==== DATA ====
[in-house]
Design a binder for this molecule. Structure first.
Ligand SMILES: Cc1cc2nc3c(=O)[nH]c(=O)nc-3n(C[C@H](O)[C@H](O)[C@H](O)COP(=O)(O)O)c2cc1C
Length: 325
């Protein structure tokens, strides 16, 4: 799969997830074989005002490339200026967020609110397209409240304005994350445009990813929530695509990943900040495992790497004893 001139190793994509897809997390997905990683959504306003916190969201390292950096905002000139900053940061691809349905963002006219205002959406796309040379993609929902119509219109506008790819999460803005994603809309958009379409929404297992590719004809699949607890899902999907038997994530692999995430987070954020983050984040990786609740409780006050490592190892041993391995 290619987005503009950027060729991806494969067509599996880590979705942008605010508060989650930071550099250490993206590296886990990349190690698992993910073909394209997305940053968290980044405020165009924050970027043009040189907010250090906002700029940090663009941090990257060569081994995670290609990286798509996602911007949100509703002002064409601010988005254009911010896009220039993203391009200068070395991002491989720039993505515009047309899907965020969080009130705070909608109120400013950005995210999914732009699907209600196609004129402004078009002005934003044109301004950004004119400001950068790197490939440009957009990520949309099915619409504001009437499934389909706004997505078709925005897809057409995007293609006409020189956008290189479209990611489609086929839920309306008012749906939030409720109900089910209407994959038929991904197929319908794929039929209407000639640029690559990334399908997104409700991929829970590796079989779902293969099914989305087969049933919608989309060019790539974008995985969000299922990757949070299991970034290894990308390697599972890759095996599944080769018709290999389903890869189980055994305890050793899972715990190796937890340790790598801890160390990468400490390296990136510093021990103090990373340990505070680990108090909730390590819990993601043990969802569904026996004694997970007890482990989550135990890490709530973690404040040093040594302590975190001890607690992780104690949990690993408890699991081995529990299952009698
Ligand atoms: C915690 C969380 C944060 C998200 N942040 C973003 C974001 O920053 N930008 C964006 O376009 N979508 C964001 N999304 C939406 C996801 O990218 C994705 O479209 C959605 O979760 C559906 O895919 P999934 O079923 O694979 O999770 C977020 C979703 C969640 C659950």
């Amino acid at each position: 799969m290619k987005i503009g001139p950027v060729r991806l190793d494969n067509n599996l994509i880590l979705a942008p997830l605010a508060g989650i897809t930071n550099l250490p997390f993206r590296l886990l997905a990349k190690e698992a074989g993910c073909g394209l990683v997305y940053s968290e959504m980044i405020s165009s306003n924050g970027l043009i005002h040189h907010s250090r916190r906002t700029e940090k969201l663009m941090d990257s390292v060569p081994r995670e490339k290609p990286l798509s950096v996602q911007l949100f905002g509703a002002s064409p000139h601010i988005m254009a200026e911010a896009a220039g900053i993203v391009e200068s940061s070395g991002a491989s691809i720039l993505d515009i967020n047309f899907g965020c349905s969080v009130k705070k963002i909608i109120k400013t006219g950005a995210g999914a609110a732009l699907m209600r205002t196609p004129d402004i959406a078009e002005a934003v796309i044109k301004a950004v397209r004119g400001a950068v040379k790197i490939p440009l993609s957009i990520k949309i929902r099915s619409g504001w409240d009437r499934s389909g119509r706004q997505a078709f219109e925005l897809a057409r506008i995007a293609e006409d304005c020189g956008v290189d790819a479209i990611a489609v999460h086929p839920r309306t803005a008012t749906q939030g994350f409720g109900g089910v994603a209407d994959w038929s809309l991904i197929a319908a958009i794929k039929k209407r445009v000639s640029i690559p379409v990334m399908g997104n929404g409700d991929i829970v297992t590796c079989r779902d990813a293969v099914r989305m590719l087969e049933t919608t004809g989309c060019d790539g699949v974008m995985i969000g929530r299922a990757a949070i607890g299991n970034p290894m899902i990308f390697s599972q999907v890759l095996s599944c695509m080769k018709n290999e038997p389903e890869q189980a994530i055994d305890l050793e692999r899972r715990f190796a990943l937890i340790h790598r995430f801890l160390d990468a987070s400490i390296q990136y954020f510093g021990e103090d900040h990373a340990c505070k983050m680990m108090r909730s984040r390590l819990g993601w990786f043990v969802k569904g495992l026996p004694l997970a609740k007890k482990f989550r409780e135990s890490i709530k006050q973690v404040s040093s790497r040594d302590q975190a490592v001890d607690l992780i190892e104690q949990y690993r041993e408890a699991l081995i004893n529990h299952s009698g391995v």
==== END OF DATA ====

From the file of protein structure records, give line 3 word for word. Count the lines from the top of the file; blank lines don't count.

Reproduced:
Ligand SMILES: Cc1cc2nc3c(=O)[nH]c(=O)nc-3n(C[C@H](O)[C@H](O)[C@H](O)COP(=O)(O)O)c2cc1C